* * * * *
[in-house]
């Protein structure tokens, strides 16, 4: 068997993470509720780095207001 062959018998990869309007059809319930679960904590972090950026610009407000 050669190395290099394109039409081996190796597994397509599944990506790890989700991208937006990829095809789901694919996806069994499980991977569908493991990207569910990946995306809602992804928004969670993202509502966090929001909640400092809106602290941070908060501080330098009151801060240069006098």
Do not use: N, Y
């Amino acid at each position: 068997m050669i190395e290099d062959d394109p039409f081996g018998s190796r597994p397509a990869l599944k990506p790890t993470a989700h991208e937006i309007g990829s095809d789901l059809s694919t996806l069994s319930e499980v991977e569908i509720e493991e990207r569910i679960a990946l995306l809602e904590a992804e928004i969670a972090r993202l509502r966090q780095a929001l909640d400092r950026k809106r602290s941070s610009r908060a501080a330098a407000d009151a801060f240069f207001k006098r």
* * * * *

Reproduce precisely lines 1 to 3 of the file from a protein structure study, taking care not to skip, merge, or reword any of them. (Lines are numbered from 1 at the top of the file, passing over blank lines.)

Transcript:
[in-house]
């Protein structure tokens, strides 16, 4: 068997993470509720780095207001 062959018998990869309007059809319930679960904590972090950026610009407000 050669190395290099394109039409081996190796597994397509599944990506790890989700991208937006990829095809789901694919996806069994499980991977569908493991990207569910990946995306809602992804928004969670993202509502966090929001909640400092809106602290941070908060501080330098009151801060240069006098």
Do not use: N, Y